What the Choice of Bobby Jindal for the Republican Response Means
Posted by Andrew Tobolowsky on 02.25.2009
It's all about values...
Bobby Jindal was chosen to deliver the Republican response to Obama's state of the union address, at this critical juncture in our nation's history. What does that mean?
1) The Republican party is not as dumb as recent events have tricked some of us into thinking.
That sounds condescending, I know, but let's not kid ourselves. The idea that Sarah Palin is qualified for anything over the depth of mayor of a medium sized town (which is basically what Alaska is, except with more anarchists), is a laughable one. Conservs, although I know many of you are ready to flame me already, remember what David Foster Wallace said—"That other people can see things about you that you yourself cannot see, even if those people are stupid"—and take this advice. The worst thing that could happen to your party in these next four years, even more than the economy recovering completely, is John McCain dying. All across the country even many erstwhile conservative homes will be filled with the sound of people saying "Jesus Christ, thank God he didn't win that election" and "what were those guys THINKING putting us in danger of THAT. Those bastards!". Although my guess is she shot herself in the foot with that SarahPac thing, and refusing to speak at certain Republican benefits. It's unlikely that Republican higher-ups saw her as more than a tool, and now that she's really gone rogue I doubt they'll have much to do with her.
And the Michael Steele thing, mentioned in a recent column of mine is just weird. It's not my fault it's weird. It's weird.
But Bobby Jindal is an incredibly smart, talented individual. The exact right man to answer Obama. I don't agree with pretty much a single thing Jindal says, but it doesn't matter—I don't need opposition I agree with, I just want opposition I can respect. You have to respect Jindal's intelligence—and you have to respect his integrity. No Rick Perry "The bailout is awful, can we have more money" for him. Lousiana will suffer in the short term for it, but if Republicans are right, he's going to come up smelling like roses. One of the only ones who will. That's courage of your convictions.
2) It's laying down the plan for 2012.
Bobby Jindal is a family values republican. Unlike many of these, and no I am not mincing words, he comes off as smart. It sounds like I'm being a douche, and in a way, I am—but it's always been my opinion and I've always stated it that the Republican party would be much better off if the people championing their values weren't so awful. Is that so bad? Wishing my supposed enemies more competent representation? Jindal, as I say is that.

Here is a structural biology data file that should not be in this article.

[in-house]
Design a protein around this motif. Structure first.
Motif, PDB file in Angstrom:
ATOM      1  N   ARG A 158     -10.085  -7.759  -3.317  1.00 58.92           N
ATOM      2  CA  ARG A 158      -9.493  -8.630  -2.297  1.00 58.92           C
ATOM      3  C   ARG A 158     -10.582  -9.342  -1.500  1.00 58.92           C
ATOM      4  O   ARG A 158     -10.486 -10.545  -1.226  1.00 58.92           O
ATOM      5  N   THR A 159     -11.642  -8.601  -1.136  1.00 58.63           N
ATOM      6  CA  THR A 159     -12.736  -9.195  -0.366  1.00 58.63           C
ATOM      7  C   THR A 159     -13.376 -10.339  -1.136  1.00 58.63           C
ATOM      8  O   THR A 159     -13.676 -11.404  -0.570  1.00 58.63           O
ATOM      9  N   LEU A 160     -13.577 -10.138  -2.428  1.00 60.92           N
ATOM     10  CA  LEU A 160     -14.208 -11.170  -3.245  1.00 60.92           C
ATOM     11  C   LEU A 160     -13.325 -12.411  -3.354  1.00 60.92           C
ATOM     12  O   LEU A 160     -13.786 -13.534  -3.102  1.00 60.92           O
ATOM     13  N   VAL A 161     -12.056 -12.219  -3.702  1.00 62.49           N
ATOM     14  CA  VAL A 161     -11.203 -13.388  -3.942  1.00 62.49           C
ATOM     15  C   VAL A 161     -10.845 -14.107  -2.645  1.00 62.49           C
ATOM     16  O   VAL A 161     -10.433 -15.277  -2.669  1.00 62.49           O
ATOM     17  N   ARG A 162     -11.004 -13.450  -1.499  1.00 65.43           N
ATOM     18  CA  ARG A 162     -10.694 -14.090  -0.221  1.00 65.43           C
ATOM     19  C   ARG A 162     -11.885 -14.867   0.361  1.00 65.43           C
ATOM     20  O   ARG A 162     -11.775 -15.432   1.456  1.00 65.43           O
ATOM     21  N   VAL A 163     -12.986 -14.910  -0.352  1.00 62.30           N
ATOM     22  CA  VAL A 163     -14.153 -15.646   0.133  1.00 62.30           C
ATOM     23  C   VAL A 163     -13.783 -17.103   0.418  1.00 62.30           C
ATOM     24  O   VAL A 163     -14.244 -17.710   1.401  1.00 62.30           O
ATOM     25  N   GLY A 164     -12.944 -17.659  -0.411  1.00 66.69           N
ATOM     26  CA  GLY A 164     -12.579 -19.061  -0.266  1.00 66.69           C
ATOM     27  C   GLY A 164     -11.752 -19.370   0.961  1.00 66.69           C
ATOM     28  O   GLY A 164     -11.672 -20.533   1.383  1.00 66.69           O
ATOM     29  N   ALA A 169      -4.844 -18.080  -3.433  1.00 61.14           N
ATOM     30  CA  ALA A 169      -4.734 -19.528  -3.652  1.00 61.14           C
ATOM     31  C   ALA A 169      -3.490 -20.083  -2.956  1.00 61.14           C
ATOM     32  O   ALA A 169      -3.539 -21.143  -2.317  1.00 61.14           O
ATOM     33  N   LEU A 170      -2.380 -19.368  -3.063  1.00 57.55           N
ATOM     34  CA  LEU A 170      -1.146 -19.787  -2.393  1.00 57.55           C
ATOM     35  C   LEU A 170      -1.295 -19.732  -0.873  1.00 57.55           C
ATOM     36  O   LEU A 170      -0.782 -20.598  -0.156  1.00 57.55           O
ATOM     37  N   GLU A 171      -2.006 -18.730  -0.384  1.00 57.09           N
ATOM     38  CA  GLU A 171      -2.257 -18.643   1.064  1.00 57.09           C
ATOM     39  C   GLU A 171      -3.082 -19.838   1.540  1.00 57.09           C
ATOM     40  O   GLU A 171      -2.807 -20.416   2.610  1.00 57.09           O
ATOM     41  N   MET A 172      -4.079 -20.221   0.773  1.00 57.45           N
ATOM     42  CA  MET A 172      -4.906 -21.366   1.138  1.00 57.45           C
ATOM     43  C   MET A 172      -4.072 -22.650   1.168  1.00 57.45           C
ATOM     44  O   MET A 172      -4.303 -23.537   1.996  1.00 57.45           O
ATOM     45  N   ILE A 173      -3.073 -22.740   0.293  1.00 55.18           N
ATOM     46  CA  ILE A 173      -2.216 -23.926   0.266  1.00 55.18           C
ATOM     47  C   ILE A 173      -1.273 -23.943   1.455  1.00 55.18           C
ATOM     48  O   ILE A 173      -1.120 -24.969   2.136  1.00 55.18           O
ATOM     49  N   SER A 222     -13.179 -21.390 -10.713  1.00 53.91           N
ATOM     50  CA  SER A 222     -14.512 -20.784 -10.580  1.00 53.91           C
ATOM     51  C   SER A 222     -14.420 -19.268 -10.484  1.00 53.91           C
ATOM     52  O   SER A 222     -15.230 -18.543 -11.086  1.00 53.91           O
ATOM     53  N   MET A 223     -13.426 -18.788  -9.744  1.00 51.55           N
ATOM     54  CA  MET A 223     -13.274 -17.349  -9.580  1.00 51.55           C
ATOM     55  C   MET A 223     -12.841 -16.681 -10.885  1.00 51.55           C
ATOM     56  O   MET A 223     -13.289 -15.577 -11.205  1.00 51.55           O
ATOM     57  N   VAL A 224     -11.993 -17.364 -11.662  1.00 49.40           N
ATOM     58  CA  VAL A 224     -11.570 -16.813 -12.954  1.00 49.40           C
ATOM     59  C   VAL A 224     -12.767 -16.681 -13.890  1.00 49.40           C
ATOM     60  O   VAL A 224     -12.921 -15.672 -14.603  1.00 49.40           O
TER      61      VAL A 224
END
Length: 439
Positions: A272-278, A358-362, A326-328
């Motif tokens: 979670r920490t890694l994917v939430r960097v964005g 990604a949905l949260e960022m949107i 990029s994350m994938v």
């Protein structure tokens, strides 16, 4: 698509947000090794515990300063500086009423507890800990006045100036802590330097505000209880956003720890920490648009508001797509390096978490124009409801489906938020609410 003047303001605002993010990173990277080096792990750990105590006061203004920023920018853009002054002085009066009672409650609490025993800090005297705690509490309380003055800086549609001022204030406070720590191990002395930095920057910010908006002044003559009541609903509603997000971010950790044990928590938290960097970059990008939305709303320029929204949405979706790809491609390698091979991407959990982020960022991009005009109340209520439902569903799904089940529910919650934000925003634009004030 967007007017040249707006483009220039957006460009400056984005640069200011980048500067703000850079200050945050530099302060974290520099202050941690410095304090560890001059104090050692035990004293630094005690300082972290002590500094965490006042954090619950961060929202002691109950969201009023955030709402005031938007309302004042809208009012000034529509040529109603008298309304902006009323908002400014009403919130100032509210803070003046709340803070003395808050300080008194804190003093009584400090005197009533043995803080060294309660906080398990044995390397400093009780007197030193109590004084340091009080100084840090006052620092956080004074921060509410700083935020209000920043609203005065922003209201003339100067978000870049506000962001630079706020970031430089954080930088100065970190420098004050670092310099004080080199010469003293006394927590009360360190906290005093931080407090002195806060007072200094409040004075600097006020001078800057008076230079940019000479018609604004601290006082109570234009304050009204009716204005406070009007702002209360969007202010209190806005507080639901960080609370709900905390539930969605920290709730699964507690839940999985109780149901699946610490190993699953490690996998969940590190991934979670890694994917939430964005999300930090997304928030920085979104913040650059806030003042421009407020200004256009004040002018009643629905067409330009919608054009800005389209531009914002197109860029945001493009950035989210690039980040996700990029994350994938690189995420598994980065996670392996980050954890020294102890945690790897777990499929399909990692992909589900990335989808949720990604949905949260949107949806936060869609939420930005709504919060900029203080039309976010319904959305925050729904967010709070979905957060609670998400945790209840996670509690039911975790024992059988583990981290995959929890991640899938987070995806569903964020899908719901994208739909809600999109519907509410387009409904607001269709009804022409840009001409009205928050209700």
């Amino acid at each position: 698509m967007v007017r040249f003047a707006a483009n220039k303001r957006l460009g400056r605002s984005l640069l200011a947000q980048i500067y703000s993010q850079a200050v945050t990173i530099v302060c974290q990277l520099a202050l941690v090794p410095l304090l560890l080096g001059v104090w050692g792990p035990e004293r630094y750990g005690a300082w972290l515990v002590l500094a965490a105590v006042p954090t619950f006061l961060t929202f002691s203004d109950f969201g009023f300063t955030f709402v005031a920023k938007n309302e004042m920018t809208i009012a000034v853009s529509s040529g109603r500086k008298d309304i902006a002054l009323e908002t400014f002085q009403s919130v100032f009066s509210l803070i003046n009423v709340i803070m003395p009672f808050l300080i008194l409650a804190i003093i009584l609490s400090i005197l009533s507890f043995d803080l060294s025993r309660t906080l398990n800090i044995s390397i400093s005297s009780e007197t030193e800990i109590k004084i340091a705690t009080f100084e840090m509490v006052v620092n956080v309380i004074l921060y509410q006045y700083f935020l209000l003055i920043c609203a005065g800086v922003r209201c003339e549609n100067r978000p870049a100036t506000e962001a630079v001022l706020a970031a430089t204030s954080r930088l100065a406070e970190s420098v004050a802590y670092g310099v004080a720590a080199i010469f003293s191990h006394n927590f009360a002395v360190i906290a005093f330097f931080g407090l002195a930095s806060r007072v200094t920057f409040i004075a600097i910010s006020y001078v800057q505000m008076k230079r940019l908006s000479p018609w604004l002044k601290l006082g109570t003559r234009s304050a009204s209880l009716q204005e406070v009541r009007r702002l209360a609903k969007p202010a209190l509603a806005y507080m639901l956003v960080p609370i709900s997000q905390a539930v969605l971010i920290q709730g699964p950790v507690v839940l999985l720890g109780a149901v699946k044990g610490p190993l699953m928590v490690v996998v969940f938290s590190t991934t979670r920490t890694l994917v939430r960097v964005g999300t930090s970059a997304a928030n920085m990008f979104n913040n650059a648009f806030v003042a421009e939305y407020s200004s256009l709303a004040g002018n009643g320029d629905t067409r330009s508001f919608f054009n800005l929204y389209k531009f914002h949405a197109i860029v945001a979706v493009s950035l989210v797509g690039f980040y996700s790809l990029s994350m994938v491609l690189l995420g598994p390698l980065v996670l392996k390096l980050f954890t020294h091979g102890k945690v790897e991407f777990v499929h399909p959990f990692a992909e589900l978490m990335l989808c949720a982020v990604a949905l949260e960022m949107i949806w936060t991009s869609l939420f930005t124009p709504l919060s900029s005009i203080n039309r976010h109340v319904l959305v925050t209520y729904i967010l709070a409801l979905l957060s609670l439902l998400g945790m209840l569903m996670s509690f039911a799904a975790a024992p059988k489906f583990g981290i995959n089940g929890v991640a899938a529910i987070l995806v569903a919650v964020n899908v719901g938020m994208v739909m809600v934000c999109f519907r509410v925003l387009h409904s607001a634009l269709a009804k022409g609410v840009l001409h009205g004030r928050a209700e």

But the way I saw it, after the last election the Republican party had two options, expressed by the presidential and vice presidential candidates respectively. More centrist, more right. More enlightened or more "values". And clearly, they went values. It's an interesting choice, but it seems like they've made it.
Again, I really admire the way they went about it. A terrible idea would have been Palin, but just as bad would have been Huckabee. He's what they want—he believes what they believe, and he's intelligent, sincere, and articulate—but he is still old news. In politics, if you're touched by failure, the stink stays on you. See Edwards, John. IF that's the way the Republican party chooses to go, there couldn't have been a better choice. Smart, talented, principled—and fresh. And they're launching him at just the right time and on just the right issue.
Very, very well done.
Now as anyone who pays attention to what I write about knows, I don't exactly agree that the conservative party is making the right move by going more conservative. The idea, then, is that there is, SOMEWHERE a massive conservative voting bloc which for whatever reason was not accessed in the last election. Given that the "real" Conservative candidates couldn't even win the primaries last year—couldn't even come close—this seems, just logically, unlikely.
I mean, not only did the Liberals get the MOST votes in the election, the two leading conservative candidates, Romney and McCain, were the MOST liberal. Am I crazy or does this idea of this silent values majority, as terrifying as it is to most liberals, seem tenuously supported at best?
You'd have to suppose that they exist, but sat out the primaries. You'd have to suppose that they exist but weren't scared enough of Obama to come out for McCain even WITH Sarah Palin. You'd have to suppose a lot of things—it seems to me, anyway. But then the extent to which I am a political EXPERT is that I am an unpaid columnist for a political website. So I should probably be taken with a grain of salt.
The Republicans are apparently comfortable with supposing either that this values bloc does exist and can be reached, or that it is at least not repugnant ENOUGH to mainstream America that someone from that side of things could capitalize on public uncertainty regarding the bailout IN ADDITION to picking up the values votes, if they're talented enough—and in that they may well be right. And they certainly couldn't have made a better choice.
Frankly, I'm just happy. Two, smart, talented people battling it out for the nation's approval. That's how politics should BE lads! It could always be like this!
(Although I will say that when I heard Jindal speak I thought he might have been trying to sell me a used car. But we'll see how important that is...)